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MODEL A's OF GREATER ORLANDO

HENRY and EDSEL

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HENRY and EDSEL
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To hear the entire song, click here (you'll also see a nice video of Henry)

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Henry Ford became an icon of a self-made man. He began life as a farmer's son and quickly became rich and famous. Although an industrialist, Ford remembered the common man. He designed the Model T for the masses, installed a mechanized assembly line to make production cheaper and faster, and instituted the $5 per day pay rate for his workers

Click Here to read more about Henry Ford

Click here to hear about Henry

After reading about Henry or Edsel, just click the left arrow on the upper left hand side of your screen to return to this page.

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Click here to read more about Edsel Ford

Click here to hear about Edsel

audio comments by Edsel Ford's grandson, also named Edsel

As the Fords' only child, Edsel was groomed to take over the family business, and had grown up tinkering on cars with his father. He became secretary of Ford in 1915 and married Eleanor Lowthian Clay .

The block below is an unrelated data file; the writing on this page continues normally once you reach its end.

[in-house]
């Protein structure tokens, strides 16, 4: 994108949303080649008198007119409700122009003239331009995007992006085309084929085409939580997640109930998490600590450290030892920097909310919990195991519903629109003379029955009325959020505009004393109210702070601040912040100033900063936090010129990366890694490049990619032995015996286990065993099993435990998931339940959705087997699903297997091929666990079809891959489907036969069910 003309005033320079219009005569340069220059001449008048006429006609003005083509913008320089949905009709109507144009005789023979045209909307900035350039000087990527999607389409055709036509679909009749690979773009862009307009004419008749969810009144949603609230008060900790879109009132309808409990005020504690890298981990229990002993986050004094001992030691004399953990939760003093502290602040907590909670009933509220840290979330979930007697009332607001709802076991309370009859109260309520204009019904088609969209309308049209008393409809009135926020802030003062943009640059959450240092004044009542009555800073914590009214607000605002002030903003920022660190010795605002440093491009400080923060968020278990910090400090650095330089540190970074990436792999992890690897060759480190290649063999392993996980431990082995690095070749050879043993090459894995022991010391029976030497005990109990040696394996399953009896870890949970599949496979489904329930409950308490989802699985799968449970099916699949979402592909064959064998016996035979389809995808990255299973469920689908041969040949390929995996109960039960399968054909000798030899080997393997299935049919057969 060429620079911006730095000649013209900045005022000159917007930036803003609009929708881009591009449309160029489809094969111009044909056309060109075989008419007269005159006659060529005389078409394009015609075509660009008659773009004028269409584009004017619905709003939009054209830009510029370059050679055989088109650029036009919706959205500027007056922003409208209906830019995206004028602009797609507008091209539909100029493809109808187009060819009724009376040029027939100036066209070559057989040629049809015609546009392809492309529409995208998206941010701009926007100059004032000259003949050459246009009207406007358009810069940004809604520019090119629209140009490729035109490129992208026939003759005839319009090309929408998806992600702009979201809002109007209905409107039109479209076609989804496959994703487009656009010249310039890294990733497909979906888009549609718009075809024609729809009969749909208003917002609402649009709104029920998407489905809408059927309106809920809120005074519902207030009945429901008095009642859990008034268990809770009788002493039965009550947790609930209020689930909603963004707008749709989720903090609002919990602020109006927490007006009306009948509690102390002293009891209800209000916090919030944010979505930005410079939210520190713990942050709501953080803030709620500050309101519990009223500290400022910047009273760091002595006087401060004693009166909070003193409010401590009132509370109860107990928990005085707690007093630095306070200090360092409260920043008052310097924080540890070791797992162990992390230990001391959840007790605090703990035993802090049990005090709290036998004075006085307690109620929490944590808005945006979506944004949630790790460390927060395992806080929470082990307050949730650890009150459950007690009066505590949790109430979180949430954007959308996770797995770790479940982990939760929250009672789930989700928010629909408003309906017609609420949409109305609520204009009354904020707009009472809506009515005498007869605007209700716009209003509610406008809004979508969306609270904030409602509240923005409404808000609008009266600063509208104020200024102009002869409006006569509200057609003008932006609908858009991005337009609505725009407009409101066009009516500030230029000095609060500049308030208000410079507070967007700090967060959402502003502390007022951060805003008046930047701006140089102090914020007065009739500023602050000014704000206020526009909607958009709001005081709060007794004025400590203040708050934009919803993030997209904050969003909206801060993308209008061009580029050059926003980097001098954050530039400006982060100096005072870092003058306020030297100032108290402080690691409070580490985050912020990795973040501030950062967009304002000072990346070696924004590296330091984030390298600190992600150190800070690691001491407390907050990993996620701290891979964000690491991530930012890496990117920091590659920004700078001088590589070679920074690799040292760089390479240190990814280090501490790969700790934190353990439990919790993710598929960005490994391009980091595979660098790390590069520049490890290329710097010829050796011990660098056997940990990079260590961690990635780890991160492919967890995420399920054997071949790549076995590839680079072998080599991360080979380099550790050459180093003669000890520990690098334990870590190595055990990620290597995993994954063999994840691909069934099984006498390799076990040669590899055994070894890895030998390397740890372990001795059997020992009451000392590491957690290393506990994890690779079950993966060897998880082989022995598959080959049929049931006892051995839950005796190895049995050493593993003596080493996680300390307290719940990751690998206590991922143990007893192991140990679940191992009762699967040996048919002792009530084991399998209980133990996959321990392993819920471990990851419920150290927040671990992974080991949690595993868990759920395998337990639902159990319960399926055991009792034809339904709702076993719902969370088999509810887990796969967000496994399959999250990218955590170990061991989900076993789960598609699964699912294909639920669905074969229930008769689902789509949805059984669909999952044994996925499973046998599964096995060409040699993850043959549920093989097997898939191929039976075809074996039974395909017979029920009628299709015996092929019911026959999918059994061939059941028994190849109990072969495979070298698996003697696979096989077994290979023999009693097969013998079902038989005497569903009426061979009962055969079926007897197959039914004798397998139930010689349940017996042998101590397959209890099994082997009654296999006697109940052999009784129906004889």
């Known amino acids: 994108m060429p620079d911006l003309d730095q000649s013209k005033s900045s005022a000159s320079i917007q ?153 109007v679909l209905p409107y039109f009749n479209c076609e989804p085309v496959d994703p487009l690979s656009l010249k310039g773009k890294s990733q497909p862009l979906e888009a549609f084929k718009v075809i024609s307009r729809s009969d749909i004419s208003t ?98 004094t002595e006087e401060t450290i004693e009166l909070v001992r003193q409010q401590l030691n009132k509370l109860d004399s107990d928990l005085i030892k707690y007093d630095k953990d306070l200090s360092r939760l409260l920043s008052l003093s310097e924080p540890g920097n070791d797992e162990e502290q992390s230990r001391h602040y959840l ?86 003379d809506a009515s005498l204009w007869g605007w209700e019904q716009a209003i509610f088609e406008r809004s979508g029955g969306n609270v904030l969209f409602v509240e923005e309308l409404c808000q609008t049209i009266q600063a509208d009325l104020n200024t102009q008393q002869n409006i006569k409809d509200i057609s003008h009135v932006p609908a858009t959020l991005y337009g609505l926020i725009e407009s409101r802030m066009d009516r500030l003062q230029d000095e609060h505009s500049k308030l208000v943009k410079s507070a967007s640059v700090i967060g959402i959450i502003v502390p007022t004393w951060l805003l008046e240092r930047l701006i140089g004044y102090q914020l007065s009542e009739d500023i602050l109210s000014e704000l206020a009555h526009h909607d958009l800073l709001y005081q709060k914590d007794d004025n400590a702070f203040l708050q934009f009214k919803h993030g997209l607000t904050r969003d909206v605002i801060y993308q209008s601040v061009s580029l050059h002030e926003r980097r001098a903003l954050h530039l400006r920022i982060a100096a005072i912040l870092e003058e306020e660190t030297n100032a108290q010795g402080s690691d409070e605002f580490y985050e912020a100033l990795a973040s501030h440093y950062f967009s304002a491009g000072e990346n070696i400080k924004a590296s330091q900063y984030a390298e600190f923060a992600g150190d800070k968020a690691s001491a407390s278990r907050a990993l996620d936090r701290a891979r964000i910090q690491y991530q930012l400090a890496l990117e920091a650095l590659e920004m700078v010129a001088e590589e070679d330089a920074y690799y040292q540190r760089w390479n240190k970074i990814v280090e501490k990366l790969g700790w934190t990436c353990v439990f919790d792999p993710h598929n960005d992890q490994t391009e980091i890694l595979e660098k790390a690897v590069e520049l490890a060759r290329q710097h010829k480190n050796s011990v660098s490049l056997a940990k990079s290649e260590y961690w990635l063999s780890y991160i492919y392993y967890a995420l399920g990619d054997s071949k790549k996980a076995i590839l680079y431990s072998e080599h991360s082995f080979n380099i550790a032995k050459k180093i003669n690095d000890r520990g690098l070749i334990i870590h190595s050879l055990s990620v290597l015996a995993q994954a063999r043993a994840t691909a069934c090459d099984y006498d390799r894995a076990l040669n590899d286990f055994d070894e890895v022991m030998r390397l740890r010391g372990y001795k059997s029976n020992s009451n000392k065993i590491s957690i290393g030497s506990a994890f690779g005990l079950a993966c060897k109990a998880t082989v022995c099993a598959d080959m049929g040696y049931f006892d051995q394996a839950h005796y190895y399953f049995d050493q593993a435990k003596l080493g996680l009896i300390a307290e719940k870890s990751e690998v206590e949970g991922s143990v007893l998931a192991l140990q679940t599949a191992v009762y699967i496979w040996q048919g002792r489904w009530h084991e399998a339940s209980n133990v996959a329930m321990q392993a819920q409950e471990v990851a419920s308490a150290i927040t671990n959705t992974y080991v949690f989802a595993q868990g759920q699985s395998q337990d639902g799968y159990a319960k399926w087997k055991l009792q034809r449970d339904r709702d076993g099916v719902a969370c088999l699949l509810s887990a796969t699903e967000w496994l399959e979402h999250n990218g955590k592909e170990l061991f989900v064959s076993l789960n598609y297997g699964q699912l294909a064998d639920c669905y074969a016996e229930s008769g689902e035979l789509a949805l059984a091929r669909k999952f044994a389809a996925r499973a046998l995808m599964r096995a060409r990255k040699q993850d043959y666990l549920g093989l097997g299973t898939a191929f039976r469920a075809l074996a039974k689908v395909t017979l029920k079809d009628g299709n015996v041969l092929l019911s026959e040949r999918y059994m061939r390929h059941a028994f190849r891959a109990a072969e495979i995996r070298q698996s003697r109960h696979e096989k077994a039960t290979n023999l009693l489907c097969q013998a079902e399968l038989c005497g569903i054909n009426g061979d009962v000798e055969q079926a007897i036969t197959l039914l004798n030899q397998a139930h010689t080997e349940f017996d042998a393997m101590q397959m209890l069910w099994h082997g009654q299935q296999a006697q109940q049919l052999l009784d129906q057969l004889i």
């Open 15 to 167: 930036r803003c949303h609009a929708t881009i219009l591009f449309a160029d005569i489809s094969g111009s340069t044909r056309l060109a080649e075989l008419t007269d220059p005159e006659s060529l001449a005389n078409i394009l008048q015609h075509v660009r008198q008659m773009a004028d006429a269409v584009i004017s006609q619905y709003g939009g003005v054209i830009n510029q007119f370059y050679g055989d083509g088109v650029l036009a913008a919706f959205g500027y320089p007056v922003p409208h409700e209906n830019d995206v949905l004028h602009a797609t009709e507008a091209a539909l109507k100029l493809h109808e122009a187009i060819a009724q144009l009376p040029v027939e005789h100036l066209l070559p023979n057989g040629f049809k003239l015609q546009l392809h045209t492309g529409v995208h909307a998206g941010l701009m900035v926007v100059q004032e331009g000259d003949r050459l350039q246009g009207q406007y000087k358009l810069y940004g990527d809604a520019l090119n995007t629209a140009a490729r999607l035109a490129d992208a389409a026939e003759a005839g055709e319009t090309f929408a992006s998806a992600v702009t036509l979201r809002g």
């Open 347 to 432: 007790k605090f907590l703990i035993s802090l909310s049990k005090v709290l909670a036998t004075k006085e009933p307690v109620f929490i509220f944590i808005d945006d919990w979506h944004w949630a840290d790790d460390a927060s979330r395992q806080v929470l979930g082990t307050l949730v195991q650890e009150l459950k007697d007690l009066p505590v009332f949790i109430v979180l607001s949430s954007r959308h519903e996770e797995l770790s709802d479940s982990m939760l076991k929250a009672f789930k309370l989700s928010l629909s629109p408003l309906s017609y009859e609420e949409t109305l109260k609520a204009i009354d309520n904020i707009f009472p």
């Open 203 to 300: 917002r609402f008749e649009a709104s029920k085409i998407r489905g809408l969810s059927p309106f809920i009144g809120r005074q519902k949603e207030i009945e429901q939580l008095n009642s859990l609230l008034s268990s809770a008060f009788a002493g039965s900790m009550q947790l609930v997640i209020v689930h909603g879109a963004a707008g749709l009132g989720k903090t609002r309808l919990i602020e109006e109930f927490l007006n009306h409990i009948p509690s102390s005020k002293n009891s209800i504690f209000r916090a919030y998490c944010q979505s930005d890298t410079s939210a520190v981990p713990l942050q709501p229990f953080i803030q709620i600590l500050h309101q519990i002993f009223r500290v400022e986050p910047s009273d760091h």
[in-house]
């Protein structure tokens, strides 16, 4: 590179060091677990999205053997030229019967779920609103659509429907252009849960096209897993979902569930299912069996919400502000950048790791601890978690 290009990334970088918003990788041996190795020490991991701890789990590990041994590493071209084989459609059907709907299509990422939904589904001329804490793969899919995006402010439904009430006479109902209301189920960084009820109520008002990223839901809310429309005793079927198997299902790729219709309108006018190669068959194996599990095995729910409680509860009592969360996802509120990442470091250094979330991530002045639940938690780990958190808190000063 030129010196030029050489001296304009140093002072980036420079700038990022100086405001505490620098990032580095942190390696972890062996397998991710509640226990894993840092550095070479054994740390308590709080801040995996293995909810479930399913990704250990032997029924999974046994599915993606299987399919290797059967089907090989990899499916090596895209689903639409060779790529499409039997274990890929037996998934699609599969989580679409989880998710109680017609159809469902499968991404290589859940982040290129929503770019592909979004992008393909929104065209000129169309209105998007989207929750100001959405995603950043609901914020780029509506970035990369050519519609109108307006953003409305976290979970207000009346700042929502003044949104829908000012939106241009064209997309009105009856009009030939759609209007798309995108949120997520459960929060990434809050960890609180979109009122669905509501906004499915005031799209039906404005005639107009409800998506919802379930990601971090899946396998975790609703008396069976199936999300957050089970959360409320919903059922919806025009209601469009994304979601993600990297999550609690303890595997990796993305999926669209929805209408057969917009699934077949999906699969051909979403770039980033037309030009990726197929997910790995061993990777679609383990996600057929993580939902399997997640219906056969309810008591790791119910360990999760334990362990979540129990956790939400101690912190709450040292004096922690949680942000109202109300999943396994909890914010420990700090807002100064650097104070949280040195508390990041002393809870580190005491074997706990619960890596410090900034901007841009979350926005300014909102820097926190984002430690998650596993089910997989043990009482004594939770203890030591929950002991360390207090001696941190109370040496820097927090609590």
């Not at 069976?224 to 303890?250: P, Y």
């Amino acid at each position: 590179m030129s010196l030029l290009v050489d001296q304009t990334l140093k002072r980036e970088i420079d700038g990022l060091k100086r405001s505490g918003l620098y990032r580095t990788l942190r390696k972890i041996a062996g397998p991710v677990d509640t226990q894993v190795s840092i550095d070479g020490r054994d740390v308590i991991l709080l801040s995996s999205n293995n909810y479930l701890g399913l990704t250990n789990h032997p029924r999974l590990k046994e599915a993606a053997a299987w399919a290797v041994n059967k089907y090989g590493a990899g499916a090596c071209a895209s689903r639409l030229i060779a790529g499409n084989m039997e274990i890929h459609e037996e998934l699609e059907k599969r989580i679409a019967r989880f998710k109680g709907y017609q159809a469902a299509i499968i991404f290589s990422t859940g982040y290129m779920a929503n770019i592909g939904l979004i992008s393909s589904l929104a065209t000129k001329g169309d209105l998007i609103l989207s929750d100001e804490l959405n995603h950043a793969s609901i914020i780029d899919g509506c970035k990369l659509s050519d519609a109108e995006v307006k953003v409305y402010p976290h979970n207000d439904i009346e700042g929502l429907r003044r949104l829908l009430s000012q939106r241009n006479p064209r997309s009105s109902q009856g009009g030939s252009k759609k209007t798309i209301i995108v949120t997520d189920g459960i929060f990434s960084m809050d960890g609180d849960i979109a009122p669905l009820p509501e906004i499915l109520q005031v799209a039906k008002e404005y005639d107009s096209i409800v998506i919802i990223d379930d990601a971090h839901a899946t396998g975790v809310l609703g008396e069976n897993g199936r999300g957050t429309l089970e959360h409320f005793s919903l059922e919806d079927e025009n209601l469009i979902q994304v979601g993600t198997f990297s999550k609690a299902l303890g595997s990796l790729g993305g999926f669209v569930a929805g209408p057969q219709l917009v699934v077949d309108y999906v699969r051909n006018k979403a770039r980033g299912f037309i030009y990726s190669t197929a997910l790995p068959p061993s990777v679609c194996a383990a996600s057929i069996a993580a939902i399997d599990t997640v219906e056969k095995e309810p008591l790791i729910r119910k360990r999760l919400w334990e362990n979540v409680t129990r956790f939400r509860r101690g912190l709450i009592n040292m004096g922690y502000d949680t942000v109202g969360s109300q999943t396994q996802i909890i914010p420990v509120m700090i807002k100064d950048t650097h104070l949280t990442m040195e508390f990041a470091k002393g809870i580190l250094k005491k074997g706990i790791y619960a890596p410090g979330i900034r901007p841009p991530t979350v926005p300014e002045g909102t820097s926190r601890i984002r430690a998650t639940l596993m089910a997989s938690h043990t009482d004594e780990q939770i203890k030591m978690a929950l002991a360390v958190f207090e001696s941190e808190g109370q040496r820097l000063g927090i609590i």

The younger Ford showed more interest than his father in flashier styling for automobiles. He indulged this proclivity in part with the purchase of the Lincoln Motor Company in 1922. His affinity for sporty cars was demonstrated in his personal vehicles: Edsel bought the first MG motorcar imported to the United States. In 1932 he had a V-8 boat-tailed speedster custom-designed for him, and two years later had another car designed, this one a low-riding aluminum-bodied speedster. The latter two cars he kept for the remainder of his life and inspired the design of the Lincoln Continental.

After becoming president of Ford, Edsel long advocated the introduction of a more modern automobile to replace the Model T, but was repeatedly overruled by his father. Flagging sales and dwindling market share for the company, however, finally made introduction of a new model inevitable.

During the design phase for the Model A, Henry Ford assured mechanical quality and reliability, leaving it to his son to flesh out the body design. Edsel also prevailed upon his father to allow the inclusion of four-wheel mechanical brakes and a sliding-gear transmission on this model. The resulting Model A was a commercial success, selling over four million during four years of production.

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Henry Ford-Father of the American Car

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The Great Edsel Ford

Thanks for visiting our web site!

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Life magazine cover from January 10, 1937

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Henry (left) and Edsel(right) and a possible buyer in the middle in front of a 1928 Fordor

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above photo courtesy of Dick Hardman

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